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The Shop on Blossom Street (A Blossom Street Novel, 1) Paperback – April 30, 2013
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There's a little yarn store in Seattle called A Good Yarn. It's owned by Lydia Hoffman, and it represents her dream of a new beginning, a life free from cancer. A life that offers a chance at love
Lydia teaches knitting to beginners, and the first class is How to Make a Baby Blanket. Three women join. Jacqueline Donovan disapproves of the woman married to her only son, but knitting a baby blanket would be a gesture of reconciliation.
For Carol Girard, the baby blanket brings a message of hope as she and her husband make a final attempt to conceive.
And tough-looking Alix Townsend (that's Alix with an i) is learning to knit her blanket for a court-ordered community service project.
These four very different women, brought together by the age-old craft of knitting, make unexpected discoveriesabout themselves and each other. Discoveries that lead to friendship and acceptance, to laughter and dreams. Discoveries only women can share
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"Four women brought together by their interest in knitting makes for an interesting read by bestselling novelist Debbie Macomber. . . . The Shop on Blossom Street shows the author's understanding of the heart of a woman." -The Sunday Oklahoman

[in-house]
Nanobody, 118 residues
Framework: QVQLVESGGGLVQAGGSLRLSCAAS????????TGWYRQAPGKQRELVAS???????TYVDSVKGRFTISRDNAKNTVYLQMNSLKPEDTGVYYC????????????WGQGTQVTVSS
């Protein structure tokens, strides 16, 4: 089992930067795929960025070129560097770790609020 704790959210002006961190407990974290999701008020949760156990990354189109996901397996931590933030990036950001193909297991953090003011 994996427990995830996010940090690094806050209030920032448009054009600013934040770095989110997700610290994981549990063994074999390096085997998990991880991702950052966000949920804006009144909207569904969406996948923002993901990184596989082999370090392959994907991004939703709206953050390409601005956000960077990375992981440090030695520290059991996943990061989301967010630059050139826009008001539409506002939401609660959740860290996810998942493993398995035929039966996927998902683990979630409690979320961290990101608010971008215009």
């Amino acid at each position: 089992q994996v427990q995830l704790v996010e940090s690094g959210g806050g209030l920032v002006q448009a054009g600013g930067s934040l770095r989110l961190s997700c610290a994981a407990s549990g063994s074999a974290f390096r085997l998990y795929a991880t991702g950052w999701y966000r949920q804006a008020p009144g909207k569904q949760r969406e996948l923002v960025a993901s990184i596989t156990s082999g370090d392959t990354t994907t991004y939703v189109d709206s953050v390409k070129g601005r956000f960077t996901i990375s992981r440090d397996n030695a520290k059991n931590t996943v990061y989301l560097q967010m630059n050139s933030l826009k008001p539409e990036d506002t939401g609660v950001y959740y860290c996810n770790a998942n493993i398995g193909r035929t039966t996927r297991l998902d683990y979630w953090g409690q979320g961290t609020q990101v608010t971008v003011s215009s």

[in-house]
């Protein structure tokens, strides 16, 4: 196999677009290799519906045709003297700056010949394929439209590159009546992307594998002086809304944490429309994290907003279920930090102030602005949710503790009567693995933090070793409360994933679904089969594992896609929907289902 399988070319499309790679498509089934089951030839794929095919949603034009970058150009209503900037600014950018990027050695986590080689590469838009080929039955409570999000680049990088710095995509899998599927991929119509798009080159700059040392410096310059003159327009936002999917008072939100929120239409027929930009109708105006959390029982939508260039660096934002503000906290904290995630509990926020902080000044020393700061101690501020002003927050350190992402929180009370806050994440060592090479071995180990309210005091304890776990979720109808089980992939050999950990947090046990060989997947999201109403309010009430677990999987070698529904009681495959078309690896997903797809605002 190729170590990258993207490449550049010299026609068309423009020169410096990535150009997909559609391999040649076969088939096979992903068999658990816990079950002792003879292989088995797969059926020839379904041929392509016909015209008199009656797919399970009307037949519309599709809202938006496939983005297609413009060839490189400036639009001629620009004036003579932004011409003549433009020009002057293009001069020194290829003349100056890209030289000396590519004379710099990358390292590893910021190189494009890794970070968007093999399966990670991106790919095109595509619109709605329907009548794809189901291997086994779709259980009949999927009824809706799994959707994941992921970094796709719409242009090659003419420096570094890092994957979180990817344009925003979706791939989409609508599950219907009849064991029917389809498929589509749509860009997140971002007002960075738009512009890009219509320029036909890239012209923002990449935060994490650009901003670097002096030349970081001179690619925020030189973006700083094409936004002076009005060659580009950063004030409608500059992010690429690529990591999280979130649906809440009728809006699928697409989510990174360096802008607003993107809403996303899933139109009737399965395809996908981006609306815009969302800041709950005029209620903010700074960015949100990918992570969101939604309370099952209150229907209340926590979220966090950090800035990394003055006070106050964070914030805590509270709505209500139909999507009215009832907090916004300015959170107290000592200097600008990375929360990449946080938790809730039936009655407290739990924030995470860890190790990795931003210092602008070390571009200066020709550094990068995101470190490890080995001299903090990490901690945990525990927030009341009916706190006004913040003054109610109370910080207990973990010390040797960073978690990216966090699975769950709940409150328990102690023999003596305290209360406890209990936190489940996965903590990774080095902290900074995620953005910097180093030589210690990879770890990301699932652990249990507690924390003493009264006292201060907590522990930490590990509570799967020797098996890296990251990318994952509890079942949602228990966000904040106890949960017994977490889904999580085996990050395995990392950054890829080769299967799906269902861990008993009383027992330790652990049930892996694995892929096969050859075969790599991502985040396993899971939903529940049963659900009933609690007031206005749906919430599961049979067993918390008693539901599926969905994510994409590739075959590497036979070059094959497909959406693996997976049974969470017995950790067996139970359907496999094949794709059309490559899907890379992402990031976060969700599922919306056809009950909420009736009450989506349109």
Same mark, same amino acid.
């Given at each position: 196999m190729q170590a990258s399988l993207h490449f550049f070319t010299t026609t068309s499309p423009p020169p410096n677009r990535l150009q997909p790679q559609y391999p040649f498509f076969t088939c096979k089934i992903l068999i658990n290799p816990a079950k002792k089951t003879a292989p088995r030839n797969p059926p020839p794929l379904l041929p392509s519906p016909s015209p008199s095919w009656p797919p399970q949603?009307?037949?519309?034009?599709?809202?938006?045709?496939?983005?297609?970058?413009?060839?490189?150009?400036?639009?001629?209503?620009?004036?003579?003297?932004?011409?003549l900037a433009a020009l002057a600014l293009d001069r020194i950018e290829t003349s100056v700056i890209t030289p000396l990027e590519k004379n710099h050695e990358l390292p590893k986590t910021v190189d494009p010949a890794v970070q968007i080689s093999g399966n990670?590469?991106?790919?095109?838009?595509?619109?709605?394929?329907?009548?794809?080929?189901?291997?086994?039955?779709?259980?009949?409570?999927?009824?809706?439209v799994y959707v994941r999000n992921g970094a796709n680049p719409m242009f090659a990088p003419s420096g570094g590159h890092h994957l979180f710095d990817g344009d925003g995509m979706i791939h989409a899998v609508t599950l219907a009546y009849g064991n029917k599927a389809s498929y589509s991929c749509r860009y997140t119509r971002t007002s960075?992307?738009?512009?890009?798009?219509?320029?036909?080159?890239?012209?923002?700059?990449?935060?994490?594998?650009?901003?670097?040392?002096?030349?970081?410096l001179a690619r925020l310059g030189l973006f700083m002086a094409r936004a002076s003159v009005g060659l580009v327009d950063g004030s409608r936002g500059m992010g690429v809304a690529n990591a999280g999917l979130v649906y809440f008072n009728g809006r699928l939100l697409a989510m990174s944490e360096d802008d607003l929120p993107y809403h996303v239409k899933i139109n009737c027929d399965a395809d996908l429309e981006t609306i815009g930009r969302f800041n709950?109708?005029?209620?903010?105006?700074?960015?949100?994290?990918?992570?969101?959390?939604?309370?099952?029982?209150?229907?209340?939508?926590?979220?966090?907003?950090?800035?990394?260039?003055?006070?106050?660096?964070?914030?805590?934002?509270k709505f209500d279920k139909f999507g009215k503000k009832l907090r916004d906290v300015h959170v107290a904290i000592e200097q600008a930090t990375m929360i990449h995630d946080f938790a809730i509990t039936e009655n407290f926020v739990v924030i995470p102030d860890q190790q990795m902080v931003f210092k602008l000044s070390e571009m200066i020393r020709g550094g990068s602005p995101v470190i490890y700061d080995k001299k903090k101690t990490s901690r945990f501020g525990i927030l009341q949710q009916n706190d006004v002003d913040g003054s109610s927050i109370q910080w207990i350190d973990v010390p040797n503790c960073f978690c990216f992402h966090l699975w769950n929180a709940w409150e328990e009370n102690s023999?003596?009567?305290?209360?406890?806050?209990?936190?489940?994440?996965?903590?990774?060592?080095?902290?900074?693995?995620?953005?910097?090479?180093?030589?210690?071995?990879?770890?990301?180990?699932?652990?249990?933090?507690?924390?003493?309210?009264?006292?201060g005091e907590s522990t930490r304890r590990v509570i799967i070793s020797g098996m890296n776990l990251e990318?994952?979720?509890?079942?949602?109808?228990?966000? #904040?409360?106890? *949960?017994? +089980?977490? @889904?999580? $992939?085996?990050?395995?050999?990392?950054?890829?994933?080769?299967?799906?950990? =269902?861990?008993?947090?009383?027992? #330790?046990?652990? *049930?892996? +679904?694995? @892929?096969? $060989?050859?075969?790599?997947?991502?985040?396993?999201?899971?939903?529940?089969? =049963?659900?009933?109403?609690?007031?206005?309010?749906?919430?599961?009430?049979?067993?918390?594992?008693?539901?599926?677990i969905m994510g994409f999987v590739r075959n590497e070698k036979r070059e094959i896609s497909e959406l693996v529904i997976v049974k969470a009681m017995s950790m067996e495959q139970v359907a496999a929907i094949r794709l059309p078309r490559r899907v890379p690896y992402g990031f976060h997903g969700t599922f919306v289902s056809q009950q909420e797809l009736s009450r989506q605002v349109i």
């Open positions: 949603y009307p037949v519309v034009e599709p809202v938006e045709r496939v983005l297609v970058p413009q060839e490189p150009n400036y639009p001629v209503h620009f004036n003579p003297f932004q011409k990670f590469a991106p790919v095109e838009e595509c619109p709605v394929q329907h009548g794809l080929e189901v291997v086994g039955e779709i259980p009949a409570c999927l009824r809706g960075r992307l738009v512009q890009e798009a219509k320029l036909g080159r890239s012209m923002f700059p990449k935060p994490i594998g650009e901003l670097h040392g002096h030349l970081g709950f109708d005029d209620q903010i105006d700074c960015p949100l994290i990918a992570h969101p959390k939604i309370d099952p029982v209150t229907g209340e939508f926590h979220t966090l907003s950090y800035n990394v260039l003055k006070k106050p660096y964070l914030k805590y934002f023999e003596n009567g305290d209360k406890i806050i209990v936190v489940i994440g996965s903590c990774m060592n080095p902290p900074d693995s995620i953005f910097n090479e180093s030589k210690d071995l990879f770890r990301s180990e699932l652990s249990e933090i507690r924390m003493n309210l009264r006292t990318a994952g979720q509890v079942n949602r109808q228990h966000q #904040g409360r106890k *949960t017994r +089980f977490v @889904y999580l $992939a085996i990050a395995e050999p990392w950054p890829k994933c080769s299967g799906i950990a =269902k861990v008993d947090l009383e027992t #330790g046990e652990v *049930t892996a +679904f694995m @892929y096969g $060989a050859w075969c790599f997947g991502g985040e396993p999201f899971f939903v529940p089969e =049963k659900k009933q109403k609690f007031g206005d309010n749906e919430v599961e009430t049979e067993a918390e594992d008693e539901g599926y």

"Macomber is a master storyteller; any one of these characters could have been a stereotype in less talented hands. Instead, these women and their stories are completely absorbing." -RT Book Reviews
"Debbie Macomber tells women's stories in a way no one else does." -BookPage
About the Author
- ASIN : 0778315673
- Publisher : MIRA; First Time Trade edition (April 30, 2013)
- Language : English
- Paperback : 400 pages
- Item Weight : 12.5 ounces
- Dimensions : 5.43 x 1.05 x 8.19 inches
- Best Sellers Rank: #84,548 in Books (See Top 100 in Books)
- Customer Reviews:
About the author
Top reviews from the United States
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It is true that few writers can manipulate a plot with such grace and compassion on a subject like knitting that many writers might not even attempt, but Debbie manages to do just that, illuminating real life as we puzzle over the characters’ choices as if they were ours to make. Knitting is of course the cover for many issues that each character brings to the core of the novel.
Its hard to imagine such a diverse group of people who would likely never even deign to speak to one another without the backdrop of learning to knit; each participant brings in her own strange mixture of reasons for wanting to learn, but we find these are merely a cover for what eventually is created from this unique storyline.
This book will deliver and if you're like me, you'll put yourself in the place of Lydia Hoffman and ask yourself how you would keep your life together and what decisions would you make if this tragedy was to be visited upon you. And, I hope you'll cheer for Lydia, as she seems to make the only decision that can save her and her family. The novel is rich with complex characters and a compelling plot that will haunt you long after you finish the book.